Aortic stenosis

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Aortic (subaortic) stenosis (SAS) is a heart disease characterised by a narrowing of the pathway for blood leaving the heart. The narrowing is usually beneath the aortic valve of the left ventricle; the condition is then called subvalvular aortic stenosis or SAS for short. SAS is a genetically predetermined disease that rarely affects cats, and usually leads to hypertrophic cardiomyopathy. The mode of inheritance, or the genetic cause, is not simple and healthy carriers of the disease genes are common.

Mild cases of SAS have little impact other than causing a heart murmur and rendering the cat unsuitable for breeding. Moderate to severe cases are at risk for exercise intolerance, fainting, heart failure, irregular heart rhythms, infections on the heart valve and sudden death.


The presence of a murmur (especially in breeds at risk (Maine coon, Persian and American shorthair)), easily fatigued, cough, difficult breathing, collapsing, fainting, illness with fever. Aortic stenosis may have a heritable basis, possibly aberrant genes encoding for altered sarcomeric proteins.


Diagnostic tests are needed to recognize SAS and exclude other diseases. Tests may include: Complete medical history and physical examination, including examination with a stethoscope (cardiac auscultation), an echocardiogram (ultrasound of the heart) with Doppler is needed to make a definitive diagnosis. On echocardiographs, left ventricular hypertrophy is seen (diastolic dimension of the interventricular septum and/or LV posterior wall greater than 6 mm). A subvalvular or supravalvular fibrous ridge may be identified. In some cases, left atrial enlargement may be present. Doppler study of the left ventricular outflow reveals increased ejection velocity of blood flow (> 2.0 m/s).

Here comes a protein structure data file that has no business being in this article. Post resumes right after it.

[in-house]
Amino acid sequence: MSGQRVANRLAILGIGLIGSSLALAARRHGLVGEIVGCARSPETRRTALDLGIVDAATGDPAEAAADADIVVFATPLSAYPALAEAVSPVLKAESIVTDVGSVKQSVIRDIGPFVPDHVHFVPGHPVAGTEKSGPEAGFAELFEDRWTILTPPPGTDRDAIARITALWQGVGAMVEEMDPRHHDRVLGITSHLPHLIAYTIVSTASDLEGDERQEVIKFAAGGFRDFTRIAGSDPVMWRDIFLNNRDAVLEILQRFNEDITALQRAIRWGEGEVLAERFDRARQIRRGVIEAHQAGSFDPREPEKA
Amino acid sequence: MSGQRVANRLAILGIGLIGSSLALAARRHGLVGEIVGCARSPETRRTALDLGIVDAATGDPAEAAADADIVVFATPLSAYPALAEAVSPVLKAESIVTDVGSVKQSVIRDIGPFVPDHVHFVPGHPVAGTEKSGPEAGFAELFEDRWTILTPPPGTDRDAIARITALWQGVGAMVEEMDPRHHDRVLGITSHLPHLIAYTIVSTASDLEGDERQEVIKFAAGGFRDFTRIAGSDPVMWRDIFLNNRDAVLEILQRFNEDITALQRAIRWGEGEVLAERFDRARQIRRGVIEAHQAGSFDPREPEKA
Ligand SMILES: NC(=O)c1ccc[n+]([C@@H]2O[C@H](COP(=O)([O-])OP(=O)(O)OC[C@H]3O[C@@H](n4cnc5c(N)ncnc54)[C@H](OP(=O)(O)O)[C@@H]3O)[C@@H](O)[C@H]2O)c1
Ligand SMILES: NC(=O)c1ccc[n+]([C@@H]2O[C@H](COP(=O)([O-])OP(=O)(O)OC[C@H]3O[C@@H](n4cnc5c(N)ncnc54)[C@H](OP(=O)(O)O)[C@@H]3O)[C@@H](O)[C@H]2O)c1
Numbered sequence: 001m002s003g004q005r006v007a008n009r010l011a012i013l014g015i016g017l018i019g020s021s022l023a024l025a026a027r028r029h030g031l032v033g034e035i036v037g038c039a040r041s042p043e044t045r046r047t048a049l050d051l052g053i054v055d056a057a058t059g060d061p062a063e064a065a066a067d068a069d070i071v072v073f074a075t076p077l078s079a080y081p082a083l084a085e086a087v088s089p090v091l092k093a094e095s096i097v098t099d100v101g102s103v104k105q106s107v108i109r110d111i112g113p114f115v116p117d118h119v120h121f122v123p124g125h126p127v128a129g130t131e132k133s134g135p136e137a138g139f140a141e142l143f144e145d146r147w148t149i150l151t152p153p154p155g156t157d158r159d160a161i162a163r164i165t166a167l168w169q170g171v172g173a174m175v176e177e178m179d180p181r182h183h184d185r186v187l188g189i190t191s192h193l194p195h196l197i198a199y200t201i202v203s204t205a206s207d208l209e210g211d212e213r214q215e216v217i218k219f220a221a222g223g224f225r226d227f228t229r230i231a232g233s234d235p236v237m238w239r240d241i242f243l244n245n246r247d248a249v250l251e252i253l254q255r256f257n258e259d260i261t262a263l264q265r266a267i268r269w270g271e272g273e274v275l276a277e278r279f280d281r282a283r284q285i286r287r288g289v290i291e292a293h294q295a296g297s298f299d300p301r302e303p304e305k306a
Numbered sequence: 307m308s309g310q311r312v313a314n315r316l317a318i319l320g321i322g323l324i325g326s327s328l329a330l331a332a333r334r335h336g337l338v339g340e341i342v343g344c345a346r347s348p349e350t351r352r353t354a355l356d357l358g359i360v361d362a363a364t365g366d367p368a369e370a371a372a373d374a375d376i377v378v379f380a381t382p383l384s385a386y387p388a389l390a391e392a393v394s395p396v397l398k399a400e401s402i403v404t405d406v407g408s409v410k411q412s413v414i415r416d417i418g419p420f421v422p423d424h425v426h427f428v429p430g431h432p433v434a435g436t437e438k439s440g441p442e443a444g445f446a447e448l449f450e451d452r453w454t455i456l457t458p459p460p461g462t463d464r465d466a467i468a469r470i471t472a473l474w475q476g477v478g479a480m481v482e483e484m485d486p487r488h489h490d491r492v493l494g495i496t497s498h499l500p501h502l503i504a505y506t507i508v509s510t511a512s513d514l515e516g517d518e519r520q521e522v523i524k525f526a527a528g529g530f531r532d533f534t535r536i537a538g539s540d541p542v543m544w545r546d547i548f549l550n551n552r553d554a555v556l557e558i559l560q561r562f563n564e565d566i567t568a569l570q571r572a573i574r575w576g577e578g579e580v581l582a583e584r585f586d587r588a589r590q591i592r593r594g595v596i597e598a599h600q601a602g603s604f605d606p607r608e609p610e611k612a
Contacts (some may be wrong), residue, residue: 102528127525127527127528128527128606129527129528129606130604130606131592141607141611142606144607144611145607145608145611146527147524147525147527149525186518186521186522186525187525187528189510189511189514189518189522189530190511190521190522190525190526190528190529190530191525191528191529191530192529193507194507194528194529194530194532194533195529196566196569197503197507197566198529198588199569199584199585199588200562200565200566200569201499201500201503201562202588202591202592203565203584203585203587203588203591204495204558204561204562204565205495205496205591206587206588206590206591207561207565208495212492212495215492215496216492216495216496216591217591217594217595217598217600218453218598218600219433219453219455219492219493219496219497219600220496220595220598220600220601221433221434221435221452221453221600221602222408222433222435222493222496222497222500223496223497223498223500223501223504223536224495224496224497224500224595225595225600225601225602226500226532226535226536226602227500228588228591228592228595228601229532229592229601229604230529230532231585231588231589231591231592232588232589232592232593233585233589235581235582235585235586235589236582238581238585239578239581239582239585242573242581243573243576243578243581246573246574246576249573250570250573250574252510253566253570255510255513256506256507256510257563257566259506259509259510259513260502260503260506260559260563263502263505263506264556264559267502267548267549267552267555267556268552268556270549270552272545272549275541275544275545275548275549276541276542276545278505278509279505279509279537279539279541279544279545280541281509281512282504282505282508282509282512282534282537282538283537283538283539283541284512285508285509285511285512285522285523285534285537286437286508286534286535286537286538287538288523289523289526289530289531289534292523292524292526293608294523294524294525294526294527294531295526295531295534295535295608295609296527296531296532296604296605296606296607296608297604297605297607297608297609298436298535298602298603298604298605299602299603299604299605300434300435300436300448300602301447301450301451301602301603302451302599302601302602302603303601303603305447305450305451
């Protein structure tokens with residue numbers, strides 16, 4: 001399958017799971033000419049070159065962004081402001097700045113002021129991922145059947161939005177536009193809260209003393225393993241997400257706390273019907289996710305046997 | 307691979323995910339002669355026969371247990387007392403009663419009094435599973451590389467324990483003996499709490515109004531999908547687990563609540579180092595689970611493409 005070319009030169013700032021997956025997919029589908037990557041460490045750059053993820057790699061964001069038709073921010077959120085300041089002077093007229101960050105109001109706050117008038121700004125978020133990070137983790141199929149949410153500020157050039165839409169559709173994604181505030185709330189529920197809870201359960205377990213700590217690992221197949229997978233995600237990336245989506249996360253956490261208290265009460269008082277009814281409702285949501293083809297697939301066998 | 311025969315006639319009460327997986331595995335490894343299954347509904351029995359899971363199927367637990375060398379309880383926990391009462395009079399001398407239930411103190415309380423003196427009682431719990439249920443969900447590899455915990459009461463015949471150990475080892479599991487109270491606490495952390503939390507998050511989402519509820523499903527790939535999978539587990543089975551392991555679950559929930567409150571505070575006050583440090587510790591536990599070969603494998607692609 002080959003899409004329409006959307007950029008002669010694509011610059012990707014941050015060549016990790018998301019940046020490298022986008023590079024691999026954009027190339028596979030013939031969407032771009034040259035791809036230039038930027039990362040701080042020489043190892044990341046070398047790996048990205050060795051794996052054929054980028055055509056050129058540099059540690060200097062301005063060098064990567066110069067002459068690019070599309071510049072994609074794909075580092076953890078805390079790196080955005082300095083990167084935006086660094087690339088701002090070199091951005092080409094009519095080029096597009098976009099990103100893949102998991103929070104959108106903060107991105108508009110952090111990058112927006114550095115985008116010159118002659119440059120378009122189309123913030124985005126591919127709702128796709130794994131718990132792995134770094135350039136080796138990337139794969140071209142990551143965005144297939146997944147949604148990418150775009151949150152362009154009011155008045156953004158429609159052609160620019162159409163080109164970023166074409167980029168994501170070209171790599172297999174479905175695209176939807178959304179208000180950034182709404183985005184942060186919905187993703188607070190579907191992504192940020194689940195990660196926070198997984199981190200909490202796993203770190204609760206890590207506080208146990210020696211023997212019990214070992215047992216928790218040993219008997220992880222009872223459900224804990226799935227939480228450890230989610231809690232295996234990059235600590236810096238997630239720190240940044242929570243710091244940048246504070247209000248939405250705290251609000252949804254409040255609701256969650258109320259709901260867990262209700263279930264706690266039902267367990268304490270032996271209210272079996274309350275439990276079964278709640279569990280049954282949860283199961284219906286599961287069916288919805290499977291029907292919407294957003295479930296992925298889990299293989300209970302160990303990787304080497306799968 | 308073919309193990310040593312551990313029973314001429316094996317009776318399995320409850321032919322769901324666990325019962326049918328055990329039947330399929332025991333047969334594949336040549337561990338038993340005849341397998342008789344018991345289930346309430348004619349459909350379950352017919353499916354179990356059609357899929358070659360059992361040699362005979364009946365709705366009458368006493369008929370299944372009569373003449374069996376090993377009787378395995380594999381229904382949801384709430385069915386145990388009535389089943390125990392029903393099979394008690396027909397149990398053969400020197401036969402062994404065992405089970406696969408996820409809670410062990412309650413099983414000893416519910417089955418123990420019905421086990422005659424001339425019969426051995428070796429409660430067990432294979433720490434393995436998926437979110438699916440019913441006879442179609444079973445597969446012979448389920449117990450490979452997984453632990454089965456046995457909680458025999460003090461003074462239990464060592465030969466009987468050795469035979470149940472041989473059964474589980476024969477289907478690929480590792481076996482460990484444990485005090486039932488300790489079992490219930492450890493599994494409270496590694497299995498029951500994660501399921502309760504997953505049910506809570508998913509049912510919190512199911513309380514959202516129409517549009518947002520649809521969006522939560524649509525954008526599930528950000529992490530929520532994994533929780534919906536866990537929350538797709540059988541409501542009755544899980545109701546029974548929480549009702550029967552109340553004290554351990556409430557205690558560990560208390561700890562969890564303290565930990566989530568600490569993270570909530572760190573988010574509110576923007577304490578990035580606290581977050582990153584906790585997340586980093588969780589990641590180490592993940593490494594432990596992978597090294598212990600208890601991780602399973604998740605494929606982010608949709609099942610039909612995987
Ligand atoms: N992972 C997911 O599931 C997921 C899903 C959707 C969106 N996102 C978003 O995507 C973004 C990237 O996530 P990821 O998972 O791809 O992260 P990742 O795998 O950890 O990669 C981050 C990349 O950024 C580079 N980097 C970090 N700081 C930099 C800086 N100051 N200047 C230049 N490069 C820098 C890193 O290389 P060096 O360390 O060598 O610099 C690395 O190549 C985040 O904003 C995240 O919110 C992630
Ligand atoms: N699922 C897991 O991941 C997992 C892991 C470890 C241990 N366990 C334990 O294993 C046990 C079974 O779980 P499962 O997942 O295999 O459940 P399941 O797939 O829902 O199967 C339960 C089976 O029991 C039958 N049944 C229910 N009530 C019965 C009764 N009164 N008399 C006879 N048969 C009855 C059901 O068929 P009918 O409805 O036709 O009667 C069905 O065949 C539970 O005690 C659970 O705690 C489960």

An electrocardiogram (EKG) or a 24-hour electrocardiogram (Holter EKG) may be recommended to identify abnormal heart rhythms. Secondary hypertrophic cardiomyopathy can, and does, occur in cats with valvular (aortic) stenosis. When selective interventricular septal thickening causes partial left outflow obstruction, ejection through the narrowed outflow tract results in turbulence that, in essence, "sucks" the anterior mitral valve leaflet into the ejection flow; this further impedes ejection and exacerbate mitral regurgitation and its effects[1].


For mild cases, there is no treatment.

For more serious cases, treatments for SAS may include one or more of the following: Surgery and cardiac catheterization procedures have been used to dilate or cut out the affected area; however, these procedures do not significantly increase long-term survival.

Beta-blockers, such as atenolol, may be effective in reducing ventricular and supraventricular arrhytmiasCite error: Closing </ref> missing for <ref> tag.


  1. Goodwin, J (2001) Congenital heart disease. In Tilley, LP & Goodwin, J (Eds). Manual of canine and feline cardiology. 3rd edition. WB Saunders, Philadelphia. pp:273-293